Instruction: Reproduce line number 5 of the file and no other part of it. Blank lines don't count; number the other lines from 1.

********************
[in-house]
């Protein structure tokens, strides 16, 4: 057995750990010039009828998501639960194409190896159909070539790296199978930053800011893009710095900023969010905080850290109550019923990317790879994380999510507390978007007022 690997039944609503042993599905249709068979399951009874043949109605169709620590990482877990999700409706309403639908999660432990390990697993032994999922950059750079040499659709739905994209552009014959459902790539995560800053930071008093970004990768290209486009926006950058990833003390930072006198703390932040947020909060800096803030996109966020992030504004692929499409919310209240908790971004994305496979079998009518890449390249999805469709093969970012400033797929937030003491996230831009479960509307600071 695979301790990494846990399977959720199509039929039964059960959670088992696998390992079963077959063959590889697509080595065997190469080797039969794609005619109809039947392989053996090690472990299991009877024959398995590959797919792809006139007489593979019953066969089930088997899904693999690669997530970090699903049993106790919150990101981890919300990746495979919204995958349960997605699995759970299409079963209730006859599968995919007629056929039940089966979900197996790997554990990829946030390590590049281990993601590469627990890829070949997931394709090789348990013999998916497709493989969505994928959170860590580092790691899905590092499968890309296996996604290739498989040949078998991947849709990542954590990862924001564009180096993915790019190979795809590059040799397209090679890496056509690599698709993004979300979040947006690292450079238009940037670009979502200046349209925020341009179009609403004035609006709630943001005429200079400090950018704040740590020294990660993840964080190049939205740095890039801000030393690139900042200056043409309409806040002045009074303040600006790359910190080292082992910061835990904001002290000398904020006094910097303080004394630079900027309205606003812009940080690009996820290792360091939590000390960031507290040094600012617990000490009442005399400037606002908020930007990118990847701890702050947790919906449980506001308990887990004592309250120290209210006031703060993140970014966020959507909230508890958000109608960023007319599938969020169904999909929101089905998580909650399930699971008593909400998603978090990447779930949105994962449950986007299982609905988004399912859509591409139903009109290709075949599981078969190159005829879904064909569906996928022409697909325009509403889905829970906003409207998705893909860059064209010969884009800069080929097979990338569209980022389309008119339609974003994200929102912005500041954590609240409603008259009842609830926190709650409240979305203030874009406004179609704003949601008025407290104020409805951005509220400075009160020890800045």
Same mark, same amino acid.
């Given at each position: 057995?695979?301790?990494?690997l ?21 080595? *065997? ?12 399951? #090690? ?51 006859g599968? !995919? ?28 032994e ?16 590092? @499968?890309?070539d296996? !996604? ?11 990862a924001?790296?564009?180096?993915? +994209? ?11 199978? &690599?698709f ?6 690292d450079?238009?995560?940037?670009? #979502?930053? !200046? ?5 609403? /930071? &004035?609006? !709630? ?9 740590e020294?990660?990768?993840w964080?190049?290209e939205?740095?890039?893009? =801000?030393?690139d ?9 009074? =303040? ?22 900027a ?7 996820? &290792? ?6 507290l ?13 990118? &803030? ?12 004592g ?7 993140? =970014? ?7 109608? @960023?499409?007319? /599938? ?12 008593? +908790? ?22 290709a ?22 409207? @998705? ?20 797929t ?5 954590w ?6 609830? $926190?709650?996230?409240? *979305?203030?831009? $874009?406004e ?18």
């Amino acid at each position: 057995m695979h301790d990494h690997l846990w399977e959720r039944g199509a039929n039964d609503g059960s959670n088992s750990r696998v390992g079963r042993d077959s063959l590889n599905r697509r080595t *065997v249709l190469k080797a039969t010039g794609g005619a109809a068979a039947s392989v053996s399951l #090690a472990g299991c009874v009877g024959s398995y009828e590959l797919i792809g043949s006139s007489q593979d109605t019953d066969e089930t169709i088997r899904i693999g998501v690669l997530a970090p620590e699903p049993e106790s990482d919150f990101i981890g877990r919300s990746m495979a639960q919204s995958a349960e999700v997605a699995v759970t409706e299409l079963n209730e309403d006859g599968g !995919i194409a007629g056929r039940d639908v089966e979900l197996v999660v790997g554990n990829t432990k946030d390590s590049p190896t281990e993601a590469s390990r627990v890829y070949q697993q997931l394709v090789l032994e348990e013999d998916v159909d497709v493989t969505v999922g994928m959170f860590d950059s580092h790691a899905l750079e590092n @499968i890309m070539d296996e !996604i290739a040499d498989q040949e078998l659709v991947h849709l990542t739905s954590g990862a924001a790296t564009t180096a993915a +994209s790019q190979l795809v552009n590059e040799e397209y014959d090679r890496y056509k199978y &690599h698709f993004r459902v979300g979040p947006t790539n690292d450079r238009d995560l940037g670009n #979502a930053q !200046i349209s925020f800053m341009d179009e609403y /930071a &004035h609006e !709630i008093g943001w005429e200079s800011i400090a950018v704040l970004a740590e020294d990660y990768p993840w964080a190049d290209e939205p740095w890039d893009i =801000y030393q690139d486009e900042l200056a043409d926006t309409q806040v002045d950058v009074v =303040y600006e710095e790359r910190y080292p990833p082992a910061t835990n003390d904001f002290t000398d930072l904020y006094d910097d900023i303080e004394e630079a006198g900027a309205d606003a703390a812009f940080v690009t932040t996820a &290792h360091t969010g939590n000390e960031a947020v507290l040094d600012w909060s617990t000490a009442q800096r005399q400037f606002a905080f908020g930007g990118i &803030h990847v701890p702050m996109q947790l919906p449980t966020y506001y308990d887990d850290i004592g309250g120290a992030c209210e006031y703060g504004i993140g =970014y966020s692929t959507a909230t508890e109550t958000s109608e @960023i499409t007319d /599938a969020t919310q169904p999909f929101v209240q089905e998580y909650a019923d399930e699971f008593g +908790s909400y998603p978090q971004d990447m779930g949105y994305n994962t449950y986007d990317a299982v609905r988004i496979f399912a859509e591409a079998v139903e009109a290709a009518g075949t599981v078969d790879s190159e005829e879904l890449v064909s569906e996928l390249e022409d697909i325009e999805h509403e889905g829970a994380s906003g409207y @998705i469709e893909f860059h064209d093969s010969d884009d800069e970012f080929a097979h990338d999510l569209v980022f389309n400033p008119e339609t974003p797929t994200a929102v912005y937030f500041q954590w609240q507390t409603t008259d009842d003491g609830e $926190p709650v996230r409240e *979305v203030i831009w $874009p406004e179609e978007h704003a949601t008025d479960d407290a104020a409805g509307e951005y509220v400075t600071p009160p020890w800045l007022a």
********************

């Amino acid at each position: 057995m695979h301790d990494h690997l846990w399977e959720r039944g199509a039929n039964d609503g059960s959670n088992s750990r696998v390992g079963r042993d077959s063959l590889n599905r697509r080595t *065997v249709l190469k080797a039969t010039g794609g005619a109809a068979a039947s392989v053996s399951l #090690a472990g299991c009874v009877g024959s398995y009828e590959l797919i792809g043949s006139s007489q593979d109605t019953d066969e089930t169709i088997r899904i693999g998501v690669l997530a970090p620590e699903p049993e106790s990482d919150f990101i981890g877990r919300s990746m495979a639960q919204s995958a349960e999700v997605a699995v759970t409706e299409l079963n209730e309403d006859g599968g !995919i194409a007629g056929r039940d639908v089966e979900l197996v999660v790997g554990n990829t432990k946030d390590s590049p190896t281990e993601a590469s390990r627990v890829y070949q697993q997931l394709v090789l032994e348990e013999d998916v159909d497709v493989t969505v999922g994928m959170f860590d950059s580092h790691a899905l750079e590092n @499968i890309m070539d296996e !996604i290739a040499d498989q040949e078998l659709v991947h849709l990542t739905s954590g990862a924001a790296t564009t180096a993915a +994209s790019q190979l795809v552009n590059e040799e397209y014959d090679r890496y056509k199978y &690599h698709f993004r459902v979300g979040p947006t790539n690292d450079r238009d995560l940037g670009n #979502a930053q !200046i349209s925020f800053m341009d179009e609403y /930071a &004035h609006e !709630i008093g943001w005429e200079s800011i400090a950018v704040l970004a740590e020294d990660y990768p993840w964080a190049d290209e939205p740095w890039d893009i =801000y030393q690139d486009e900042l200056a043409d926006t309409q806040v002045d950058v009074v =303040y600006e710095e790359r910190y080292p990833p082992a910061t835990n003390d904001f002290t000398d930072l904020y006094d910097d900023i303080e004394e630079a006198g900027a309205d606003a703390a812009f940080v690009t932040t996820a &290792h360091t969010g939590n000390e960031a947020v507290l040094d600012w909060s617990t000490a009442q800096r005399q400037f606002a905080f908020g930007g990118i &803030h990847v701890p702050m996109q947790l919906p449980t966020y506001y308990d887990d850290i004592g309250g120290a992030c209210e006031y703060g504004i993140g =970014y966020s692929t959507a909230t508890e109550t958000s109608e @960023i499409t007319d /599938a969020t919310q169904p999909f929101v209240q089905e998580y909650a019923d399930e699971f008593g +908790s909400y998603p978090q971004d990447m779930g949105y994305n994962t449950y986007d990317a299982v609905r988004i496979f399912a859509e591409a079998v139903e009109a290709a009518g075949t599981v078969d790879s190159e005829e879904l890449v064909s569906e996928l390249e022409d697909i325009e999805h509403e889905g829970a994380s906003g409207y @998705i469709e893909f860059h064209d093969s010969d884009d800069e970012f080929a097979h990338d999510l569209v980022f389309n400033p008119e339609t974003p797929t994200a929102v912005y937030f500041q954590w609240q507390t409603t008259d009842d003491g609830e $926190p709650v996230r409240e *979305v203030i831009w $874009p406004e179609e978007h704003a949601t008025d479960d407290a104020a409805g509307e951005y509220v400075t600071p009160p020890w800045l007022a």